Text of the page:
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our waste down to a single bin. In 2010 we intend to send nothing whatsoever to landfill. This is a challenge because some products have little or no information about what materials are used in their production, meaning that we cannot easily responsibly dispose of them.

How do you cope with the excessive packaging used on goods by supermarkets (in particular)?

We buy fruit and vegetables loose. We take our own containers when we buy deli based food. We tend to use our own local butcher, who is very supportive. We also grow a lot of our own vegetables and recommend the use of box schemes.

When you choose a gift for someone, do you always choose it with packaging and general

manufacturing method in mind?

We tend to not buy presents with excessive packaging, for example Easter Eggs. Toys can be particularly difficult in terms of excessive packaging. However, as our daughter gets older, we have more options, for example for her most recent birthday she was given a rabbit.

How do you maintain balance in your life between work and play?

The greatest difficulty was to learn the different available techniques for recycling and re-using. Once those are mastered it becomes a natural part of your life and so you don’t really notice it.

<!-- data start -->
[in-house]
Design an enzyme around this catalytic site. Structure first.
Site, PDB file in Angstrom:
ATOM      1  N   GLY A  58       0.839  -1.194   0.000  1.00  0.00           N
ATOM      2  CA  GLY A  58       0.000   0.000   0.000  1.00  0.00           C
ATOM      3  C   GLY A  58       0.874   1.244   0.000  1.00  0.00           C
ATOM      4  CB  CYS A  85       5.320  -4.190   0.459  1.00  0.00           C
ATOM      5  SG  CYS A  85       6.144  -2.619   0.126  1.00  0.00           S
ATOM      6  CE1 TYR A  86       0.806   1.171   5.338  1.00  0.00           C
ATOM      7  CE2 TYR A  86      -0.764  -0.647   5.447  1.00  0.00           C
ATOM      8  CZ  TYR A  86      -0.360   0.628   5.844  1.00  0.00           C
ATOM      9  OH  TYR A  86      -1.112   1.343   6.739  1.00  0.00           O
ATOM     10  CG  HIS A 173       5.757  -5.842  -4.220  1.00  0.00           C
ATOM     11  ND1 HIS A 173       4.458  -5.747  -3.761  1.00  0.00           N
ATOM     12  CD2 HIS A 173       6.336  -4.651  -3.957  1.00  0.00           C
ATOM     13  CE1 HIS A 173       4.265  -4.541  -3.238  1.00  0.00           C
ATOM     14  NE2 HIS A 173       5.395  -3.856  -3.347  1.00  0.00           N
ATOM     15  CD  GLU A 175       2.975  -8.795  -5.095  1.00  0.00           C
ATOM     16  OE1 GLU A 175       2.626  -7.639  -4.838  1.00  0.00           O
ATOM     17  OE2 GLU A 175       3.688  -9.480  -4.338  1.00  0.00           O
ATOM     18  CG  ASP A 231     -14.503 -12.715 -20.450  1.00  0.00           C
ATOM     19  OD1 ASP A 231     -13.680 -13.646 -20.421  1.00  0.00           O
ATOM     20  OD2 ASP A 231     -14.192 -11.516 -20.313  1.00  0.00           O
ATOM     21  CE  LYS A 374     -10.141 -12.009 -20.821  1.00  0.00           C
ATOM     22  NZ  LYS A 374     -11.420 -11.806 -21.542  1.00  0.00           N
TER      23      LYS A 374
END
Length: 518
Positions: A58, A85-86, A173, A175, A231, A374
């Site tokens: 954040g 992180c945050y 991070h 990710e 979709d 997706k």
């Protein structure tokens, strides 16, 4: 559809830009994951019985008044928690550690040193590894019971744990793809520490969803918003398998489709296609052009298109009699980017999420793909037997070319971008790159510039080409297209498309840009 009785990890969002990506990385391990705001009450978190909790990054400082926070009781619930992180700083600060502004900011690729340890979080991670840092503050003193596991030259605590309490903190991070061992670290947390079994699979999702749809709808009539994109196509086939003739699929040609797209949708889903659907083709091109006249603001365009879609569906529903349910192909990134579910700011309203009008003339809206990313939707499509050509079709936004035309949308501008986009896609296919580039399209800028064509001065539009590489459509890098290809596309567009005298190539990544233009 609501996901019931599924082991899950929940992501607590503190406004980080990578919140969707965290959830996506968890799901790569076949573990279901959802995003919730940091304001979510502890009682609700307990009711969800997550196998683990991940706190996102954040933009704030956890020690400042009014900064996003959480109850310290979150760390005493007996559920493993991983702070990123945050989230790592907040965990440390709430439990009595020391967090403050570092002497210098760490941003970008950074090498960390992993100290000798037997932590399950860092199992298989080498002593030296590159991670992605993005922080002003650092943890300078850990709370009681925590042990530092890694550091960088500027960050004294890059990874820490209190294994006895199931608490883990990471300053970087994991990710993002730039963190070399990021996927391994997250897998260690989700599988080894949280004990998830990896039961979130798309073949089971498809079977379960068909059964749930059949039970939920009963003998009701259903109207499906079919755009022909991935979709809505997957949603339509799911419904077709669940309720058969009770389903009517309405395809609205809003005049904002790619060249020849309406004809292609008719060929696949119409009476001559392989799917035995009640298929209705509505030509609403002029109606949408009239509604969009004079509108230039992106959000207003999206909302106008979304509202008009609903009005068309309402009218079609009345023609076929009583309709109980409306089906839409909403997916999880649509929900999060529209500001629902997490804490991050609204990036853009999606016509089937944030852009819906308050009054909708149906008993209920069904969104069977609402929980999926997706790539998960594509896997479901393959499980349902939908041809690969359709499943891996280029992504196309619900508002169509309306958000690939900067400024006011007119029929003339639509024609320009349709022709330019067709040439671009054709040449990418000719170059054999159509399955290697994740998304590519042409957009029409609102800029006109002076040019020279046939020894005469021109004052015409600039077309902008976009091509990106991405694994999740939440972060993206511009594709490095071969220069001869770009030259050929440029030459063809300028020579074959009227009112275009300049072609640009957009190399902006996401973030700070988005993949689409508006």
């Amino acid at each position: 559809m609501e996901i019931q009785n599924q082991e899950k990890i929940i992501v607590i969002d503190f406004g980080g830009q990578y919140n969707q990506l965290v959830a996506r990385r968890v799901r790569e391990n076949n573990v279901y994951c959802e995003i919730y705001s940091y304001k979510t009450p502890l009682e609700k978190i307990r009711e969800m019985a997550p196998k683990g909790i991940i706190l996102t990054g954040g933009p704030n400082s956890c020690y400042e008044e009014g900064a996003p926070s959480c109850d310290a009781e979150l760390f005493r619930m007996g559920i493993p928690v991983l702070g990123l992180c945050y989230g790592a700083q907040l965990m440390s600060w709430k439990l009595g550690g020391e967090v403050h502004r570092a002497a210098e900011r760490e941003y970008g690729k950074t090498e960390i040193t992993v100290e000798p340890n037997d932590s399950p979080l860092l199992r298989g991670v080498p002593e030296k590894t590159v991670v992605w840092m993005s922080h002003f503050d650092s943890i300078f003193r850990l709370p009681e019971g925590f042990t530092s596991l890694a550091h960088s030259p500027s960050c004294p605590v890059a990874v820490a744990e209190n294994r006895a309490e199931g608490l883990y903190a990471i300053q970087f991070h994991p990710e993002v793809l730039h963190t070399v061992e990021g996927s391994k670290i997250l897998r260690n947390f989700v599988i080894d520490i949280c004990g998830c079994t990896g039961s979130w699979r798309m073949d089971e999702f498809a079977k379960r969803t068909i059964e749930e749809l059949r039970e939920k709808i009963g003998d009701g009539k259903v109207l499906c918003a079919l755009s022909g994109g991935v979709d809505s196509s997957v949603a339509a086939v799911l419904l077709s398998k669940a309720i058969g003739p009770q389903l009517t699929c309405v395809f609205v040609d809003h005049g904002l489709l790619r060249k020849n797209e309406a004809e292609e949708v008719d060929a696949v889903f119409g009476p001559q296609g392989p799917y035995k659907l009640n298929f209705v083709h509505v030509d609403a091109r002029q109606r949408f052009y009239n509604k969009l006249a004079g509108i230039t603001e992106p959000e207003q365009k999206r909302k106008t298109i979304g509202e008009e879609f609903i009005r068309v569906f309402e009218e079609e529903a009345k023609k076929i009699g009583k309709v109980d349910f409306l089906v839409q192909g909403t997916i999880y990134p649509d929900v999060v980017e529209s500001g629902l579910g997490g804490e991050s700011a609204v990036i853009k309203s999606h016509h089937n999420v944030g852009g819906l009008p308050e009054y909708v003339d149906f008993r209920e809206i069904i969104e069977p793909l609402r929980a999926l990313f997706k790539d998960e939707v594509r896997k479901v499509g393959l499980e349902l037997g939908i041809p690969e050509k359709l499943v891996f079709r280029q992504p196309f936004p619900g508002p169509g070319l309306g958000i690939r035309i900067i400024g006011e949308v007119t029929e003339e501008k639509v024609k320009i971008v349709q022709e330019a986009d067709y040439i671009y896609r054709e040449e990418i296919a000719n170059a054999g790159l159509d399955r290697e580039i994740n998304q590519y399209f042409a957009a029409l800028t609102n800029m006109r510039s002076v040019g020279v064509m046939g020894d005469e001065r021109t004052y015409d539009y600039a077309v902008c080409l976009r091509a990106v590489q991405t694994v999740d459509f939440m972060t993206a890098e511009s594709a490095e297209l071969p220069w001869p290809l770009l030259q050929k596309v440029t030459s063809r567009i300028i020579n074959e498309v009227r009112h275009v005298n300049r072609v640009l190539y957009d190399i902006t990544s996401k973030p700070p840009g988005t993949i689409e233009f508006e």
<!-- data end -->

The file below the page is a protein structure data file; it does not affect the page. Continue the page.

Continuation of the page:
Do you ever get any negativity towards your campaign?

We do get some negativity; however, 99.9% of people, who leave

comments on our sites, are very positive towards us. We did see a lot of negative reactions after we received national media attention about our campaign. This negativity usually comes in the form of being accused of lying about our achievements, or being ‘do-gooders’.

Tell us a little about how you get your word out, i.e. your website and blog?

Our website and blog have grown over time. I do the PR for the site and we have had a lot of media attention. We have around 100,000 international visitors per month.

Where do you see yourself in the next 5 years?

We aim to spread our message further by working with schools, transition towns and local families.

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